The Science of Endodontic Treatment Success and Failure

The danger and safety zones of root canal anatomy are biological foundation of the Anti-Curvature Filing (ACF) technique. ACF prevents root strippings and p e r f o r a t i o n s d u r i n g m a n u a l a n d mechanical canal preparation or during post space preparation.
When endodontic treatment fails, look for coronal and apical leakage into the main canal as the reason for the problem.

The statistics are alarming: The global prevalence of apical lesions with substandard endodontically treated teeth (ETT) is 24%–60%. The documented prevalence of apical lesions in endodontically untreated teeth (EUT) is 1½% – 7%.

The session covers best practices in initial endodontic treatment to ensure the lowest possible rates of retreatment. Designed specifically to close gaps in clinical and procedural training and education, the course clears up the myths and mysteries of endodontic treatment success, covering the most common causes of endodontic treatment failure and how to prevent it.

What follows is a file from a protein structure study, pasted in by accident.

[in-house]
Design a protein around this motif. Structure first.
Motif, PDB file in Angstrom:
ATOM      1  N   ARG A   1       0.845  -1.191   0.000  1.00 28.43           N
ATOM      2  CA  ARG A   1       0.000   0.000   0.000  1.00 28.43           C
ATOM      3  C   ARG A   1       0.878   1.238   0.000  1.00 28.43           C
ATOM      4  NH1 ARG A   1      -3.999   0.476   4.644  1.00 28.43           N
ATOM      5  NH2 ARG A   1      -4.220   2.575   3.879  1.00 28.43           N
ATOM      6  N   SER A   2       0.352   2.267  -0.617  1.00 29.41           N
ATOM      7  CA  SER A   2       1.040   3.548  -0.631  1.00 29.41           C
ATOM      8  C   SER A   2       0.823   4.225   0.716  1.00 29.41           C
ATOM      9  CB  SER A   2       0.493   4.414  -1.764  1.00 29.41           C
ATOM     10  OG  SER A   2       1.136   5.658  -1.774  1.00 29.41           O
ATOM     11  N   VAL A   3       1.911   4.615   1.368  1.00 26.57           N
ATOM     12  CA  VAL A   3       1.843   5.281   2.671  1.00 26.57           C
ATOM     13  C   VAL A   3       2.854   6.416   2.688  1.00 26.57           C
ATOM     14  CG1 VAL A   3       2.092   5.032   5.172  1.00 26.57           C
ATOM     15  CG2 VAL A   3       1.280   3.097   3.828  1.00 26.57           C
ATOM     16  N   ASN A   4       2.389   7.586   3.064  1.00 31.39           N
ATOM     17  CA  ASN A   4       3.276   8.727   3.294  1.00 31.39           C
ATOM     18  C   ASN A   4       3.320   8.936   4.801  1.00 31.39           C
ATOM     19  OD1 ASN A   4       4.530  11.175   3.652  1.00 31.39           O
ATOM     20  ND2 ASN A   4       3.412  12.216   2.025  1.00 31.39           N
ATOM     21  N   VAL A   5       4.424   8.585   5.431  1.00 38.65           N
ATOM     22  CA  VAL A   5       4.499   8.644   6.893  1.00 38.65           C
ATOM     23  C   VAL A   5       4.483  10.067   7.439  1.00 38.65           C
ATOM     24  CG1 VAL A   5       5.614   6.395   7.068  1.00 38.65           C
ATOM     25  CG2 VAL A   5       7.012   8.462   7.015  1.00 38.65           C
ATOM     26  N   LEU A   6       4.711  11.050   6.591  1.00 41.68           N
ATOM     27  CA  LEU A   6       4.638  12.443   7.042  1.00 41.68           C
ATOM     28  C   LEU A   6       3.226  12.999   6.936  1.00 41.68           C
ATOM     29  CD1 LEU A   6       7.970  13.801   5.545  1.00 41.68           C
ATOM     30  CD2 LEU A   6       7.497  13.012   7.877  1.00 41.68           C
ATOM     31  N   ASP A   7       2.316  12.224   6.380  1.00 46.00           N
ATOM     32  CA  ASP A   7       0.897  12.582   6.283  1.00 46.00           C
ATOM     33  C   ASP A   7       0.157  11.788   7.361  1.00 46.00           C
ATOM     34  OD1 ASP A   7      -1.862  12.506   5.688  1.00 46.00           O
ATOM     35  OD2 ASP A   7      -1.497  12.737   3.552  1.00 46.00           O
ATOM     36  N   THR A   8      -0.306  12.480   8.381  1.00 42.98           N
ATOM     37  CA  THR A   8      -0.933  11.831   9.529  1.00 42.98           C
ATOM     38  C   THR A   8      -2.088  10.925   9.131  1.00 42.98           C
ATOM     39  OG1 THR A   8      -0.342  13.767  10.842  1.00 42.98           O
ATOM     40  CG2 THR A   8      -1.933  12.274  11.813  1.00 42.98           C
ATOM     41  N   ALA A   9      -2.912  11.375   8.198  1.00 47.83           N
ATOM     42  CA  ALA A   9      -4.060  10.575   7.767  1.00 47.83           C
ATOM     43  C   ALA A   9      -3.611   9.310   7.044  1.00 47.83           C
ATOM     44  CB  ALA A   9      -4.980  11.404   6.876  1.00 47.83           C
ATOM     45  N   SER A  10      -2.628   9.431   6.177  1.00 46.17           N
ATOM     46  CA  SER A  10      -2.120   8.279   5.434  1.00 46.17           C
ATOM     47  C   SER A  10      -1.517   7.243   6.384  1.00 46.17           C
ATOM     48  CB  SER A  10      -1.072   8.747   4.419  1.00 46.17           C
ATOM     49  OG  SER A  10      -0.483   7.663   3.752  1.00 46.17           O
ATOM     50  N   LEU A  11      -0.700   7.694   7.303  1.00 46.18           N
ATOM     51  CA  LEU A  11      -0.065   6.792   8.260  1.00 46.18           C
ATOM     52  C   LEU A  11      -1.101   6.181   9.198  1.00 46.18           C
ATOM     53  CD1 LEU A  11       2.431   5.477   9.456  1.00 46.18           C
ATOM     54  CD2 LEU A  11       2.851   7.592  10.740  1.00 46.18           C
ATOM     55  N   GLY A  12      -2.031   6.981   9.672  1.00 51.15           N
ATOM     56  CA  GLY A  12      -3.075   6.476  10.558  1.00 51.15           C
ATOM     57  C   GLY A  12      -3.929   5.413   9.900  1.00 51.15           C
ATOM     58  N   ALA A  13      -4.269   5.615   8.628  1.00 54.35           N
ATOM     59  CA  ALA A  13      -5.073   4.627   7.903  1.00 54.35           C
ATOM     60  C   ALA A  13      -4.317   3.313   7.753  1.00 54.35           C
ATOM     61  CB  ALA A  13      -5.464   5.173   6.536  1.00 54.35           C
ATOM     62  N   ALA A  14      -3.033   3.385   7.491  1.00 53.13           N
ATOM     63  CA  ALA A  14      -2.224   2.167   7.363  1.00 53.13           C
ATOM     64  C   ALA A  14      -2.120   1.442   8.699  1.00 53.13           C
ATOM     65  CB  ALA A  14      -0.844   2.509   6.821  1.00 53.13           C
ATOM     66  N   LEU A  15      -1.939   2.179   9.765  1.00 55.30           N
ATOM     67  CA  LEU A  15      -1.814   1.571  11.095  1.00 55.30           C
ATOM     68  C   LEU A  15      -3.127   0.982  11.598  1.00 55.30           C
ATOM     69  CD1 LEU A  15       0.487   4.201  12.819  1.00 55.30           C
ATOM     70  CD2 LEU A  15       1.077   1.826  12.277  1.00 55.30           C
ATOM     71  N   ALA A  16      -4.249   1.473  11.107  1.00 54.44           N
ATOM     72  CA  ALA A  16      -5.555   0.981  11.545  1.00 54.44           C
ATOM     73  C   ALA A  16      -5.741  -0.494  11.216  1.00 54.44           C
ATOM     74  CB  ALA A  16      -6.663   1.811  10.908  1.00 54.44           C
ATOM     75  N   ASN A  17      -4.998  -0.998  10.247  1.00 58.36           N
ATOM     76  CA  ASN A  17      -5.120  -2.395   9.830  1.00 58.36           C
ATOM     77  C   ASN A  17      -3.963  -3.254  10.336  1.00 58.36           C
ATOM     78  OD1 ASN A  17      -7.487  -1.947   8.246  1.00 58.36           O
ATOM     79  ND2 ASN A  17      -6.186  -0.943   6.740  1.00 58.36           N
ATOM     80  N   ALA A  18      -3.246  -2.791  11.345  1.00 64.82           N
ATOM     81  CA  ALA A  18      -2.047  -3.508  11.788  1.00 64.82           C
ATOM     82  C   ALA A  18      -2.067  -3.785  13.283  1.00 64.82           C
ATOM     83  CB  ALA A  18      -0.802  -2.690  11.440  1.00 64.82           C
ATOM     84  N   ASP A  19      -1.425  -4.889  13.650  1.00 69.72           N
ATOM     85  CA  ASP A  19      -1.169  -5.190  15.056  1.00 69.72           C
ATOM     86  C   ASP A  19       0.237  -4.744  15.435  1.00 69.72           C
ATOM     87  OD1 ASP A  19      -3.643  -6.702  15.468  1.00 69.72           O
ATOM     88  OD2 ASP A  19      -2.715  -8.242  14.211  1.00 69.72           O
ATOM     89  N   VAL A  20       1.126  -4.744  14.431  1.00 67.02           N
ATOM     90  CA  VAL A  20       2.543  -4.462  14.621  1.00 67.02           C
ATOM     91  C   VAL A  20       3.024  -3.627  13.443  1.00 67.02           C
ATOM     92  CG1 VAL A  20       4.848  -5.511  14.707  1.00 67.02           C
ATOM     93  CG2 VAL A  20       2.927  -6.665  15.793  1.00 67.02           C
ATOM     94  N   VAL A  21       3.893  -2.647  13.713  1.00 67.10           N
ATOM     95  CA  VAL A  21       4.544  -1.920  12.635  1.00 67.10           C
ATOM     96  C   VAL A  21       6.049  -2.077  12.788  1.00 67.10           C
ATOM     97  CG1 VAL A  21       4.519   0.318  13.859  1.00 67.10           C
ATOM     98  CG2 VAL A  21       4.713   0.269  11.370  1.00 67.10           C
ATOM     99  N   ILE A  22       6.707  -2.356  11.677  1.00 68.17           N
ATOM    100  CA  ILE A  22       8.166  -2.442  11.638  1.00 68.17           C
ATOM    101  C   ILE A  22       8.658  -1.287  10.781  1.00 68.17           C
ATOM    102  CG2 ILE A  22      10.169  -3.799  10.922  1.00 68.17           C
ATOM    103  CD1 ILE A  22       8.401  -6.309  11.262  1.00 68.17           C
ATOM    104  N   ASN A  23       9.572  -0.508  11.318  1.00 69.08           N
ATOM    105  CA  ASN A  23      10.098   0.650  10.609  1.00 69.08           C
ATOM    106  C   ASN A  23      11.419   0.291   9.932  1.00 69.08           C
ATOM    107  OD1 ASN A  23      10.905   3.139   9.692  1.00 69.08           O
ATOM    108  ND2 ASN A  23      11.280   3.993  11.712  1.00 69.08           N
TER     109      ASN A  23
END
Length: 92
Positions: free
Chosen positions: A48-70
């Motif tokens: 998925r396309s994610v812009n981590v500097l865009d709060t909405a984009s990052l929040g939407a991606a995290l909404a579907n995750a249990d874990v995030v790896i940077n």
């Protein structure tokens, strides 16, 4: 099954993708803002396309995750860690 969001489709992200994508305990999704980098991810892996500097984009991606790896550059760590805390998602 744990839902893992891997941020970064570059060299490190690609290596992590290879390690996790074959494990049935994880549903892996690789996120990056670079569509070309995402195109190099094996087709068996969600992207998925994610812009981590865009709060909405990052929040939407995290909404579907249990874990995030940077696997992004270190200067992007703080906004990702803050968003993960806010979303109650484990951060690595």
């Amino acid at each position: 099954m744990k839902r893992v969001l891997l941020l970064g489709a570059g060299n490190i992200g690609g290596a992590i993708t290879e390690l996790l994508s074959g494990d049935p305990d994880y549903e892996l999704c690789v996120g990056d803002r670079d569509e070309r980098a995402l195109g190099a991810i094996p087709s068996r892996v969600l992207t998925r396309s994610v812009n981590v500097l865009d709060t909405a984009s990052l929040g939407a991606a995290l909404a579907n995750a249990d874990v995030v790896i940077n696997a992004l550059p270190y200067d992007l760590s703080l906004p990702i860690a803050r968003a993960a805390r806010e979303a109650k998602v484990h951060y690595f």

Most apical endodontic problems are cured by a standard-of-quality initial treatment or retreatment. Few may ever require surgery. In practice, 80% of endodontic treatment failures are attributed to root canal preparation errors. Ledging, stripping, perforating and instrument breakage cause incomplete root filling, dead spaces and apical leakage which are the leading causes of endodontic treatment failure.

Dr. Abou-Rass, global pioneer and renowned educator in the field, covers the most common methods, materials, and clinical practices that result in substandard initial outcomes, cause apical periodontitis formation, or prevent healing. Excessive guttapercha condensation and mechanical compaction generate forces that propagate existing micro-cracks into root line cracks and fractures.

Regardless of the patient signs and symptoms, the radiographic diagnosis of a tooth with poor technical quality endodontic treatment should be considered dental treatment risk factor

Learning Objectives

Suggested Audience

General Practitioners and Specialists

Suggested Format

1 or 2 Day, Partial Day, Keynote; Lecture, Demonstration and/or Hands-On Training